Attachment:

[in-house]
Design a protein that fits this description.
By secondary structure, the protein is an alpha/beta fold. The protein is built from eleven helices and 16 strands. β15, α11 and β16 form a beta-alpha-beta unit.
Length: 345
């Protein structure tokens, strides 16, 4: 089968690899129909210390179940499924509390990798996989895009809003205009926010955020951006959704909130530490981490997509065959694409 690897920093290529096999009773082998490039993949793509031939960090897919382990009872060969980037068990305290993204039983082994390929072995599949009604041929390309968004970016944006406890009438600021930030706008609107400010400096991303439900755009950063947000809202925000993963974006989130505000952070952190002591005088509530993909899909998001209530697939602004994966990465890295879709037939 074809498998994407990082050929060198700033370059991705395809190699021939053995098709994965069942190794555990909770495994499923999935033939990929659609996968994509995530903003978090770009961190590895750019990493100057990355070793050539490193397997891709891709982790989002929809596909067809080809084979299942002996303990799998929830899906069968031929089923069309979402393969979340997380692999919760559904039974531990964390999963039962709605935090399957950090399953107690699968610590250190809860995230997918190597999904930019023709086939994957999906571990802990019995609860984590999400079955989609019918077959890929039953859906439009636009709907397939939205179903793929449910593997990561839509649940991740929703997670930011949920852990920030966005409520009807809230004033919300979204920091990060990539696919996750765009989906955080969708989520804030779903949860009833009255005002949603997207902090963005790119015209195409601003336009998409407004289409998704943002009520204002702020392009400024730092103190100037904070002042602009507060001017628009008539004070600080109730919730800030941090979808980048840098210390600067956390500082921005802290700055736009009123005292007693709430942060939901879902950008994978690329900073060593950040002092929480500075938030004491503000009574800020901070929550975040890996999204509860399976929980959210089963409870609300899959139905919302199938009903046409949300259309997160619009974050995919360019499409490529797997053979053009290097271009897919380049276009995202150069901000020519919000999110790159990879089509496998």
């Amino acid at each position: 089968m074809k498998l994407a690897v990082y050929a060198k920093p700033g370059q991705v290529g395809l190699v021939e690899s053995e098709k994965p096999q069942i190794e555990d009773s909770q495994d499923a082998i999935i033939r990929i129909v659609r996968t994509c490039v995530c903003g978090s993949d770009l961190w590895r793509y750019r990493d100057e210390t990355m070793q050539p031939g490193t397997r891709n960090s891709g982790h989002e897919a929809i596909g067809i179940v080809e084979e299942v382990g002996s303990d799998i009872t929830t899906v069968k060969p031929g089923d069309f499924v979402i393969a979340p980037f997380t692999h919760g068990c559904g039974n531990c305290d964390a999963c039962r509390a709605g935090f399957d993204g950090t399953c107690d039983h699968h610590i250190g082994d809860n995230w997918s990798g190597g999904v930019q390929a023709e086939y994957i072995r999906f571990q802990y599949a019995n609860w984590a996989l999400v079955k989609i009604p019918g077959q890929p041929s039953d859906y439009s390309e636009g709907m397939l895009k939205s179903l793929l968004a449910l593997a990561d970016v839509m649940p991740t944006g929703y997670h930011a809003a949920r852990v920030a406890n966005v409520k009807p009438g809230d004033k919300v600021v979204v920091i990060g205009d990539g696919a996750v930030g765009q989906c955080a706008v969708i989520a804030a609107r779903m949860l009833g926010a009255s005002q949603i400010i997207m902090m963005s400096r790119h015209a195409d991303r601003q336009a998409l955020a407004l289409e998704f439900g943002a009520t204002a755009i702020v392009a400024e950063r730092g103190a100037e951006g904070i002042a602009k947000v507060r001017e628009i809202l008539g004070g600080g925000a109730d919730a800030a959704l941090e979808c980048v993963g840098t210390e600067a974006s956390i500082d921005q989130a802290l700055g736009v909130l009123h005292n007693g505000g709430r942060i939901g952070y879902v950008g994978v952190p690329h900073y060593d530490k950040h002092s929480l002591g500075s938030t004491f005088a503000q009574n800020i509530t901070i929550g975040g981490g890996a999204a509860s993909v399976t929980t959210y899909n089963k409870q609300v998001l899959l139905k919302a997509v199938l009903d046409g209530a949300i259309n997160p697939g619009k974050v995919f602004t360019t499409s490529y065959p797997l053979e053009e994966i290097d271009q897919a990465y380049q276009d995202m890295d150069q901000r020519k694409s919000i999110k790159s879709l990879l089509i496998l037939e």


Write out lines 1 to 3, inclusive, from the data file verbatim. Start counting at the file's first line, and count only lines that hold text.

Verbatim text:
[in-house]
Design a protein that fits this description.
By secondary structure, the protein is an alpha/beta fold. The protein is built from eleven helices and 16 strands. β15, α11 and β16 form a beta-alpha-beta unit.